New York Supreme Court Grants Lender’s Motion for Equitable Subrogation in Alleged Forged Deed Matter

The Supreme Court of New York, Suffolk County, recently held that a lender whose mortgage was executed after an allegedly forged deed was nonetheless entitled to an equitable lien on the property.  See Otero v Montenegro, 2019 WL 6334917 (N.Y. Sup. Ct. Nov. 14, 2019).  Plaintiff and the individual defendant lived together in the subject property as joint tenants.  In 2002, they encumbered the property with a mortgage in the amount of $155,500.  Later that year, the parties’ relationship ended and plaintiff moved out of the property.  In 2006, a deed was executed conveying the property to the individual defendant alone, and the individual defendant then refinanced the 2002 mortgage with a mortgage in the principal amount of $276,000.  In 2011, Plaintiff brought this quiet title action claiming that her signature on the 2006 deed was forged, and seeking to void the deed and the 2006 mortgage.  The current holder of the mortgage filed a motion for partial summary judgment seeking, among other things, an order that its mortgage still encumbered the property under the doctrine of equitable subrogation.                                                    

The Court granted the motion.  First, it found that $161,686.47 of the 2006 mortgage proceeds was used to pay off the 2002 mortgage that plaintiff had executed, and that the lender should be equitably subrogated for that amount.  In doing so, the Court rejected plaintiff’s argument that the lender was not entitled to equitable subrogation because it was not in possession of the prior note, finding that equitable subrogation “is premised on the satisfaction of a prior mortgage lien rather than the assignment of a prior mortgage.”  Second, the Court found that the lender had paid $79,824.40 in property taxes and was entitled to an equitable lien in that amount on the entire property, bringing the total amount of the equitable lien to $241,510.87, plus interest.  Finally, the Court found that, even if the 2006 deed were set aside, the lender would hold a valid mortgage on the individual defendant’s interest in the property “for the original principal amount of the [2006] mortgage that is not covered by the equitable lien on the entirety of the property,” i.e., $114,313.53 ($276,000-$161,686.47).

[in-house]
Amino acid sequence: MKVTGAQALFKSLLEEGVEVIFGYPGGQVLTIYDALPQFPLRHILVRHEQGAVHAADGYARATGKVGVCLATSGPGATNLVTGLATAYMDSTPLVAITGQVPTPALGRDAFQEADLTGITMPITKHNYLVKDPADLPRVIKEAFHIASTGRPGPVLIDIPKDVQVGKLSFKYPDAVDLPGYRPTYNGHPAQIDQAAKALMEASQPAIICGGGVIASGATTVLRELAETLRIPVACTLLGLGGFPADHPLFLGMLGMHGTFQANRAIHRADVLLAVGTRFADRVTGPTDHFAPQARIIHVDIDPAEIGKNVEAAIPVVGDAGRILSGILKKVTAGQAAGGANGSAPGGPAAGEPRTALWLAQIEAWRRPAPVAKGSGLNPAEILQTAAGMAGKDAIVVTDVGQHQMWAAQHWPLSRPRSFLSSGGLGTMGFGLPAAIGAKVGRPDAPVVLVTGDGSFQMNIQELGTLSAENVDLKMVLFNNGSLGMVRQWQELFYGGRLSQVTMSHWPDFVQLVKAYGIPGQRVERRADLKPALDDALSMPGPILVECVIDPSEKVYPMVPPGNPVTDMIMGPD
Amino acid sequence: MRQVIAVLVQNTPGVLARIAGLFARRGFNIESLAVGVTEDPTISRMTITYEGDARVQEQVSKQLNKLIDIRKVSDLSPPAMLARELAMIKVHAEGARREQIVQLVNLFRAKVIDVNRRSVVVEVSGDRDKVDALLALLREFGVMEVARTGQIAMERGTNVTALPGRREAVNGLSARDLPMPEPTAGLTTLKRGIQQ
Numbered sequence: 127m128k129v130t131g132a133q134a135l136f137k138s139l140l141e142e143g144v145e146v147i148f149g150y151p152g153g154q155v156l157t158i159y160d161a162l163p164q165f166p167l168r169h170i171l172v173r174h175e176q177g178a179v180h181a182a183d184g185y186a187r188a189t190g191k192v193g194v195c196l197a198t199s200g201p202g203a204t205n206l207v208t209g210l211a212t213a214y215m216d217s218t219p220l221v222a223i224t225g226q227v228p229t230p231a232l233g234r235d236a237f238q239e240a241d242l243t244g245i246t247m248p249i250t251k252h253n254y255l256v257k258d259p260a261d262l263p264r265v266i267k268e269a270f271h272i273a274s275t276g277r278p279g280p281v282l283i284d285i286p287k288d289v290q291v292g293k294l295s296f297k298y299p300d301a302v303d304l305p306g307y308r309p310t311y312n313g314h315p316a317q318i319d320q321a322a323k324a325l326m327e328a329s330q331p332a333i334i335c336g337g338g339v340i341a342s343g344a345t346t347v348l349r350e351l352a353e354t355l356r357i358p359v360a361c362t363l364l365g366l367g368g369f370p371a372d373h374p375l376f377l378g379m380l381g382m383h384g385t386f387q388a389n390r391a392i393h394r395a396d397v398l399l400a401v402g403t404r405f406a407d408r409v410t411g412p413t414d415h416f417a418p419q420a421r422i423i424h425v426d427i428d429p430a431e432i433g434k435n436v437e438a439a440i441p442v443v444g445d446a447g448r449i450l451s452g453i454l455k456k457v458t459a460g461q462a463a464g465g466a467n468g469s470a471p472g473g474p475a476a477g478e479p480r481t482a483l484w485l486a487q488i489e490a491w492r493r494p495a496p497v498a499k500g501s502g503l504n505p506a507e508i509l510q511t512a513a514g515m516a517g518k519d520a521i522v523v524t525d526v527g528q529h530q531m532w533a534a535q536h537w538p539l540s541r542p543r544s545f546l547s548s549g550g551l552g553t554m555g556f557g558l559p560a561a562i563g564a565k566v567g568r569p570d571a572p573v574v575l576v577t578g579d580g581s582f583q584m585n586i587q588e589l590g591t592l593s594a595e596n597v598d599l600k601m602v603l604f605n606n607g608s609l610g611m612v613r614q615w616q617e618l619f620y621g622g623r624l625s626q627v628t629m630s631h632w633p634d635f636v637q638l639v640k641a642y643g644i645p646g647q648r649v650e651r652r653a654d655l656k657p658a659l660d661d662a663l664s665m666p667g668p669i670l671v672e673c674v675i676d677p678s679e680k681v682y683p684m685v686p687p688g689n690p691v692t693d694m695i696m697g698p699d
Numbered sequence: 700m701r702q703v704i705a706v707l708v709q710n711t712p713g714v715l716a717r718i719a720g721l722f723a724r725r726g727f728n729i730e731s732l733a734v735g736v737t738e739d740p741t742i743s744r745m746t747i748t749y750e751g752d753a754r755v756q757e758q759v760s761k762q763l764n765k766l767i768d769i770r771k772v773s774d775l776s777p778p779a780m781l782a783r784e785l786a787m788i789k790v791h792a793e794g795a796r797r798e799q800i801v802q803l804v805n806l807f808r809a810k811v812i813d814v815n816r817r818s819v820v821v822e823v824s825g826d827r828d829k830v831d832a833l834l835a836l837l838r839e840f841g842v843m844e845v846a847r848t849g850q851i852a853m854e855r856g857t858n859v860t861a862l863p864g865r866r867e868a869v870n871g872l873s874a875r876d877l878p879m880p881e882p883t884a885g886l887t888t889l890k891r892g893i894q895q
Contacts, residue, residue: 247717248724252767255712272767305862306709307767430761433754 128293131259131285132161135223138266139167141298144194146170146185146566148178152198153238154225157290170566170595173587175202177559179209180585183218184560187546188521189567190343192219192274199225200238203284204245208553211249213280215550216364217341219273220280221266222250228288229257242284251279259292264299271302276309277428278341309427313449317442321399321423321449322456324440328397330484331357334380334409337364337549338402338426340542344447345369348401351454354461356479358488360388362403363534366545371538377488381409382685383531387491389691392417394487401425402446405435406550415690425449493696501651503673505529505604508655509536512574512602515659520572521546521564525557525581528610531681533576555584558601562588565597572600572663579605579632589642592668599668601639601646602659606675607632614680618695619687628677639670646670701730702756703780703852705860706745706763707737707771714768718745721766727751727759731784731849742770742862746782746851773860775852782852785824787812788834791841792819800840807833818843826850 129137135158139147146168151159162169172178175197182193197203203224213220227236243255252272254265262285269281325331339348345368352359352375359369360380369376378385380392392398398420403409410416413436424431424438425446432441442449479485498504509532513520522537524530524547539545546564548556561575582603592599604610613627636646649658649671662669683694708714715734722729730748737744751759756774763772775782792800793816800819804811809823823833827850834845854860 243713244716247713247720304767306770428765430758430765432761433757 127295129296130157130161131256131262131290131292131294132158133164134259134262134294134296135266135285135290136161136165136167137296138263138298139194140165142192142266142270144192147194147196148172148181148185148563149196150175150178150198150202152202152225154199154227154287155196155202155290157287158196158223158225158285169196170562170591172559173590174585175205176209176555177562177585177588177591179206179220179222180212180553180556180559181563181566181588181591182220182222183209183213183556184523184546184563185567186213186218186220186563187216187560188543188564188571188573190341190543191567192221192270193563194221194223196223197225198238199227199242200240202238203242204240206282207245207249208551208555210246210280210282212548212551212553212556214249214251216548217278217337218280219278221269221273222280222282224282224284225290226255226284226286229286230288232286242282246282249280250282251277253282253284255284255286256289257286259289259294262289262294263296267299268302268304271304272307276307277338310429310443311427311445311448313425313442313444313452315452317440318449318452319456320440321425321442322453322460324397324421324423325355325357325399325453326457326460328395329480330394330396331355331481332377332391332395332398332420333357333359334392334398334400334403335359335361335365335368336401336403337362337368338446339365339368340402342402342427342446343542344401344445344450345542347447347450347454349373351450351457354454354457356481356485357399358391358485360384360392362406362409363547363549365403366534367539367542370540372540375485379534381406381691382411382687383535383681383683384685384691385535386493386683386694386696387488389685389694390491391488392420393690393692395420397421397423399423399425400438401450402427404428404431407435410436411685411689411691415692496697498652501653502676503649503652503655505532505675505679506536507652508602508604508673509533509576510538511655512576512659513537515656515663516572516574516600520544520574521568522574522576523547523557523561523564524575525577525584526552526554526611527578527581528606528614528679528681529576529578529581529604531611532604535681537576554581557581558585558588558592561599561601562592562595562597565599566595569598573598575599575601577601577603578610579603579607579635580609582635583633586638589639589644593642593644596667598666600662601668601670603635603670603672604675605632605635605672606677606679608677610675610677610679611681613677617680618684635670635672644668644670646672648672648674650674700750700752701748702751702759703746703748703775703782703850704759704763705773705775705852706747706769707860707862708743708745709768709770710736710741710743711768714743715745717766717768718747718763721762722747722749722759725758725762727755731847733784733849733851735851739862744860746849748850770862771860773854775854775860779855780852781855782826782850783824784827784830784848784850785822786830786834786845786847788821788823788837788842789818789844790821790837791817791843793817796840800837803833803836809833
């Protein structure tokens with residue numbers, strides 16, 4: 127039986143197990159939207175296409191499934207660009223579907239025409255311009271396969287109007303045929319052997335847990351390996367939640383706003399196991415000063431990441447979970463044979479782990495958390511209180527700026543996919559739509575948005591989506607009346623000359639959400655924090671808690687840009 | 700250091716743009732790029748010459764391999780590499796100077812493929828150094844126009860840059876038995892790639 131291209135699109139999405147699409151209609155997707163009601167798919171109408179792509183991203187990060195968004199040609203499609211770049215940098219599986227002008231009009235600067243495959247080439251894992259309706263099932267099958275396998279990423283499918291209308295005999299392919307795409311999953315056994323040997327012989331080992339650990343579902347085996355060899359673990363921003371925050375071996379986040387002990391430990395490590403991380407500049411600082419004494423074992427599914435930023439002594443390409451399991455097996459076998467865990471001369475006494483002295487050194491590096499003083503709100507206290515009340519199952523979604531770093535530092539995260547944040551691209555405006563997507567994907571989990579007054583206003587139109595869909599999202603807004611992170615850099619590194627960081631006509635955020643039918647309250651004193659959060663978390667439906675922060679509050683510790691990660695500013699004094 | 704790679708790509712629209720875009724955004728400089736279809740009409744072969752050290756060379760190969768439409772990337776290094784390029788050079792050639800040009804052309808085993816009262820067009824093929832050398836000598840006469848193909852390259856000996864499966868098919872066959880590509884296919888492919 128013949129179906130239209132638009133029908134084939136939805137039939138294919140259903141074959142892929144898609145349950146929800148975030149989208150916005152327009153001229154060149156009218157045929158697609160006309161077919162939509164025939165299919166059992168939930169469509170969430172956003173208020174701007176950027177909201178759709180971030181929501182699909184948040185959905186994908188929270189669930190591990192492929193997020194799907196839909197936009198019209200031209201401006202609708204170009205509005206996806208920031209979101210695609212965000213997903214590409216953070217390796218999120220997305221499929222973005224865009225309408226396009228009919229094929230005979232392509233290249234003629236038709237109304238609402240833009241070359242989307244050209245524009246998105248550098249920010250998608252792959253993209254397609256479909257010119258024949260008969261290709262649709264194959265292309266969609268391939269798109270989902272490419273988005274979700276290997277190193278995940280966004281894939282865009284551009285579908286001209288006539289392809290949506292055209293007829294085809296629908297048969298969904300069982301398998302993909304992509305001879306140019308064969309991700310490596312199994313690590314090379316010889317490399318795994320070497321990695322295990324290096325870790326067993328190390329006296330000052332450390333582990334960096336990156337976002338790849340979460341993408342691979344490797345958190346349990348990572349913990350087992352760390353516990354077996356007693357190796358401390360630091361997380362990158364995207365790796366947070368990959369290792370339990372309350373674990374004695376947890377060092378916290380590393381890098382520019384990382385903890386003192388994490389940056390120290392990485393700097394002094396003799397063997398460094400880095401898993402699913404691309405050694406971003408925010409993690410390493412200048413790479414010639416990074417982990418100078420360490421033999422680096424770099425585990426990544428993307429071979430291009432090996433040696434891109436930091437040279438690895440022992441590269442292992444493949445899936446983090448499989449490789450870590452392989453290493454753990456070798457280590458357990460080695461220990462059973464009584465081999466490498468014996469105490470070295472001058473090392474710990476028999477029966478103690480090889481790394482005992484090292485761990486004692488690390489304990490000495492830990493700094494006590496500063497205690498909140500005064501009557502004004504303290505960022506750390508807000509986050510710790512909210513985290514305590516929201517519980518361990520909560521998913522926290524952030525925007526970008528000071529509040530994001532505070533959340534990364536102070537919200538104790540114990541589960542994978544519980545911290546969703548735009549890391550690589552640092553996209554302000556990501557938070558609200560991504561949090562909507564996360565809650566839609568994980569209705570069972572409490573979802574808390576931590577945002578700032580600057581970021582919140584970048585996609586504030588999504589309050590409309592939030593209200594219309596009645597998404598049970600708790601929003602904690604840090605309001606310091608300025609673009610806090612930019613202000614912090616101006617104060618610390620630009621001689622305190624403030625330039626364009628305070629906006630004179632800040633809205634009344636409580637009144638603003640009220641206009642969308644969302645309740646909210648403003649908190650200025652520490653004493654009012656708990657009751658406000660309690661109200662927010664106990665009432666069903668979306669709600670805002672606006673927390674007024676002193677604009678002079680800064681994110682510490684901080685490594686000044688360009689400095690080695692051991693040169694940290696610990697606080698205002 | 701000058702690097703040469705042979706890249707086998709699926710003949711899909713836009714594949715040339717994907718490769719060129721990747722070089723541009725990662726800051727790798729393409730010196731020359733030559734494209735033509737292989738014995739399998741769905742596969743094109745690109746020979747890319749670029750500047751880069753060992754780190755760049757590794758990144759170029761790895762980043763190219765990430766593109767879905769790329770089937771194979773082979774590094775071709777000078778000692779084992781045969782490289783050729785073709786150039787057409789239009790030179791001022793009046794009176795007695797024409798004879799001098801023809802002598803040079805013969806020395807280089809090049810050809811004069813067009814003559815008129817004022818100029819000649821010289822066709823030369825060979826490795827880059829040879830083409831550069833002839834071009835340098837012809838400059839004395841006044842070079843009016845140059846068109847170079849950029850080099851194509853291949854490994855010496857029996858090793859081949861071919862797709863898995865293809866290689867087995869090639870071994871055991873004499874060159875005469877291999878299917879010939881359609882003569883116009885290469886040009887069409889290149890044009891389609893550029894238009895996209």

For a copy of the decision, please contact Michael O’Donnell at, Michael Crowley at, or Anthony Lombardo at